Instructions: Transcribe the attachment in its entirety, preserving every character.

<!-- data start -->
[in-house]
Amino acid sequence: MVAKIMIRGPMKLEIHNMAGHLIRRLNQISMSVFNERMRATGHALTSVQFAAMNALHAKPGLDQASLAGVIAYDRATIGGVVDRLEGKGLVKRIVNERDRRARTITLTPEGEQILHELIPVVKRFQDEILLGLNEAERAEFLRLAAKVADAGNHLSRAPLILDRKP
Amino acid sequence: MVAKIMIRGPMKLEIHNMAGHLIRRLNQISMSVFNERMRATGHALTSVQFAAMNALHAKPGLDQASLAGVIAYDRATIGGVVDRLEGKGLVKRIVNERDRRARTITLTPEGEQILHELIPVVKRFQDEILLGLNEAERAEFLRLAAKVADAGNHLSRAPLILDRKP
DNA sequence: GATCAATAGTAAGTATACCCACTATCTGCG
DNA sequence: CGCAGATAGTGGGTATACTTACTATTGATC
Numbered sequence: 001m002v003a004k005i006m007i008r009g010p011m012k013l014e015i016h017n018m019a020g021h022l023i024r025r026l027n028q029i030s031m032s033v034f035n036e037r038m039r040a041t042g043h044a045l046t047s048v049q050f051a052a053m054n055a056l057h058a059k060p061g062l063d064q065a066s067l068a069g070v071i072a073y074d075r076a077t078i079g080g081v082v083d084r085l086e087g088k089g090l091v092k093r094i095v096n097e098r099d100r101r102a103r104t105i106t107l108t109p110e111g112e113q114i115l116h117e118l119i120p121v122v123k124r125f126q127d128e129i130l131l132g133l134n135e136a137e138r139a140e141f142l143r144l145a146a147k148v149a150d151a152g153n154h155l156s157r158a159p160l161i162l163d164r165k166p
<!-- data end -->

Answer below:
[in-house]
Amino acid sequence: MVAKIMIRGPMKLEIHNMAGHLIRRLNQISMSVFNERMRATGHALTSVQFAAMNALHAKPGLDQASLAGVIAYDRATIGGVVDRLEGKGLVKRIVNERDRRARTITLTPEGEQILHELIPVVKRFQDEILLGLNEAERAEFLRLAAKVADAGNHLSRAPLILDRKP
Amino acid sequence: MVAKIMIRGPMKLEIHNMAGHLIRRLNQISMSVFNERMRATGHALTSVQFAAMNALHAKPGLDQASLAGVIAYDRATIGGVVDRLEGKGLVKRIVNERDRRARTITLTPEGEQILHELIPVVKRFQDEILLGLNEAERAEFLRLAAKVADAGNHLSRAPLILDRKP
DNA sequence: GATCAATAGTAAGTATACCCACTATCTGCG
DNA sequence: CGCAGATAGTGGGTATACTTACTATTGATC
Numbered sequence: 001m002v003a004k005i006m007i008r009g010p011m012k013l014e015i016h017n018m019a020g021h022l023i024r025r026l027n028q029i030s031m032s033v034f035n036e037r038m039r040a041t042g043h044a045l046t047s048v049q050f051a052a053m054n055a056l057h058a059k060p061g062l063d064q065a066s067l068a069g070v071i072a073y074d075r076a077t078i079g080g081v082v083d084r085l086e087g088k089g090l091v092k093r094i095v096n097e098r099d100r101r102a103r104t105i106t107l108t109p110e111g112e113q114i115l116h117e118l119i120p121v122v123k124r125f126q127d128e129i130l131l132g133l134n135e136a137e138r139a140e141f142l143r144l145a146a147k148v149a150d151a152g153n154h155l156s157r158a159p160l161i162l163d164r165k166p